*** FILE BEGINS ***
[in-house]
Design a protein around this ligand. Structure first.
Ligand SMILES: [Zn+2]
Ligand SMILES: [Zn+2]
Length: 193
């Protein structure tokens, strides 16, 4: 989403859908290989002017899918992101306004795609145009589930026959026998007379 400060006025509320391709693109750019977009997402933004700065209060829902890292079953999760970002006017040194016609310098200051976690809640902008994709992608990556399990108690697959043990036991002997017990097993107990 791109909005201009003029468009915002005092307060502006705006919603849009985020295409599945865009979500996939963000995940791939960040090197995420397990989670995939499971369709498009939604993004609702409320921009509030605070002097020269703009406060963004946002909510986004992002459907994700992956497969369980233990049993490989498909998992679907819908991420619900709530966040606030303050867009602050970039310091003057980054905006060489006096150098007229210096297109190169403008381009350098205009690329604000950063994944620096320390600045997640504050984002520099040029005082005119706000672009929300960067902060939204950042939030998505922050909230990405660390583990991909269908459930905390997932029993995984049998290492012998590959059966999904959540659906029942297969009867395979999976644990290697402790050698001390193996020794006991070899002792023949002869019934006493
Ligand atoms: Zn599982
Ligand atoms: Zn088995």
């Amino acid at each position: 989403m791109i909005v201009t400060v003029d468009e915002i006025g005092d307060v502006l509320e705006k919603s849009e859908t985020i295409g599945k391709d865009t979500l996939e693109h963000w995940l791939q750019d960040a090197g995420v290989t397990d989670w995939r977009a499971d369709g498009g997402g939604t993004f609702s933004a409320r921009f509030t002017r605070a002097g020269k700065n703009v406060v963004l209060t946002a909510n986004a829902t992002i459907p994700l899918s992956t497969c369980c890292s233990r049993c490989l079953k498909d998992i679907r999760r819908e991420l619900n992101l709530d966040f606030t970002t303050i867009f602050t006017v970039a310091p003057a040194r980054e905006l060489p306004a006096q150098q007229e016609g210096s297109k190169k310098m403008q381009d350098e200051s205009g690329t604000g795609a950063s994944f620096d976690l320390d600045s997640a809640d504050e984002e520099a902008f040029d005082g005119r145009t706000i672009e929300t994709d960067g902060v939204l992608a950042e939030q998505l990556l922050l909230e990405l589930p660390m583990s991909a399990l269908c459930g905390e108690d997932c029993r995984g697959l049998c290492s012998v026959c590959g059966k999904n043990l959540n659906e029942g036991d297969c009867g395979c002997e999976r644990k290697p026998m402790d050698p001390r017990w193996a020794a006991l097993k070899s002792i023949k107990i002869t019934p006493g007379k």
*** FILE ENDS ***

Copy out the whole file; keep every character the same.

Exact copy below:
[in-house]
Design a protein around this ligand. Structure first.
Ligand SMILES: [Zn+2]
Ligand SMILES: [Zn+2]
Length: 193
């Protein structure tokens, strides 16, 4: 989403859908290989002017899918992101306004795609145009589930026959026998007379 400060006025509320391709693109750019977009997402933004700065209060829902890292079953999760970002006017040194016609310098200051976690809640902008994709992608990556399990108690697959043990036991002997017990097993107990 791109909005201009003029468009915002005092307060502006705006919603849009985020295409599945865009979500996939963000995940791939960040090197995420397990989670995939499971369709498009939604993004609702409320921009509030605070002097020269703009406060963004946002909510986004992002459907994700992956497969369980233990049993490989498909998992679907819908991420619900709530966040606030303050867009602050970039310091003057980054905006060489006096150098007229210096297109190169403008381009350098205009690329604000950063994944620096320390600045997640504050984002520099040029005082005119706000672009929300960067902060939204950042939030998505922050909230990405660390583990991909269908459930905390997932029993995984049998290492012998590959059966999904959540659906029942297969009867395979999976644990290697402790050698001390193996020794006991070899002792023949002869019934006493
Ligand atoms: Zn599982
Ligand atoms: Zn088995």
């Amino acid at each position: 989403m791109i909005v201009t400060v003029d468009e915002i006025g005092d307060v502006l509320e705006k919603s849009e859908t985020i295409g599945k391709d865009t979500l996939e693109h963000w995940l791939q750019d960040a090197g995420v290989t397990d989670w995939r977009a499971d369709g498009g997402g939604t993004f609702s933004a409320r921009f509030t002017r605070a002097g020269k700065n703009v406060v963004l209060t946002a909510n986004a829902t992002i459907p994700l899918s992956t497969c369980c890292s233990r049993c490989l079953k498909d998992i679907r999760r819908e991420l619900n992101l709530d966040f606030t970002t303050i867009f602050t006017v970039a310091p003057a040194r980054e905006l060489p306004a006096q150098q007229e016609g210096s297109k190169k310098m403008q381009d350098e200051s205009g690329t604000g795609a950063s994944f620096d976690l320390d600045s997640a809640d504050e984002e520099a902008f040029d005082g005119r145009t706000i672009e929300t994709d960067g902060v939204l992608a950042e939030q998505l990556l922050l909230e990405l589930p660390m583990s991909a399990l269908c459930g905390e108690d997932c029993r995984g697959l049998c290492s012998v026959c590959g059966k999904n043990l959540n659906e029942g036991d297969c009867g395979c002997e999976r644990k290697p026998m402790d050698p001390r017990w193996a020794a006991l097993k070899s002792i023949k107990i002869t019934p006493g007379k």